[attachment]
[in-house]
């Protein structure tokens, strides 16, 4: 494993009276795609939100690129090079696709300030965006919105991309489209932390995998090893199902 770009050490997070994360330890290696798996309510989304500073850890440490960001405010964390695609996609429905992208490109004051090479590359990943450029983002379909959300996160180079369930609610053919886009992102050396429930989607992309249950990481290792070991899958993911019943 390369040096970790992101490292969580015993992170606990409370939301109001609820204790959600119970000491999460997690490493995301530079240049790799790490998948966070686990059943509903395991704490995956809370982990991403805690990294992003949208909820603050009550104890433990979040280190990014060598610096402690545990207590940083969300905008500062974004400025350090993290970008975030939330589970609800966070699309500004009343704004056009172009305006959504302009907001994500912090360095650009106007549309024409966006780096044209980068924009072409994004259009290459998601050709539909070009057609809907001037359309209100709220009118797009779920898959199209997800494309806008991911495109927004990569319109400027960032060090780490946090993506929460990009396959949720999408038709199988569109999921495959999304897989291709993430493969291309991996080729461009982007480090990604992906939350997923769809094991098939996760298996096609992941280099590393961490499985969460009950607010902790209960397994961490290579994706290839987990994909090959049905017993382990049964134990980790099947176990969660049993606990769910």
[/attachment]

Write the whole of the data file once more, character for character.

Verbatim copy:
[in-house]
């Protein structure tokens, strides 16, 4: 494993009276795609939100690129090079696709300030965006919105991309489209932390995998090893199902 770009050490997070994360330890290696798996309510989304500073850890440490960001405010964390695609996609429905992208490109004051090479590359990943450029983002379909959300996160180079369930609610053919886009992102050396429930989607992309249950990481290792070991899958993911019943 390369040096970790992101490292969580015993992170606990409370939301109001609820204790959600119970000491999460997690490493995301530079240049790799790490998948966070686990059943509903395991704490995956809370982990991403805690990294992003949208909820603050009550104890433990979040280190990014060598610096402690545990207590940083969300905008500062974004400025350090993290970008975030939330589970609800966070699309500004009343704004056009172009305006959504302009907001994500912090360095650009106007549309024409966006780096044209980068924009072409994004259009290459998601050709539909070009057609809907001037359309209100709220009118797009779920898959199209997800494309806008991911495109927004990569319109400027960032060090780490946090993506929460990009396959949720999408038709199988569109999921495959999304897989291709993430493969291309991996080729461009982007480090990604992906939350997923769809094991098939996760298996096609992941280099590393961490499985969460009950607010902790209960397994961490290579994706290839987990994909090959049905017993382990049964134990980790099947176990969660049993606990769910």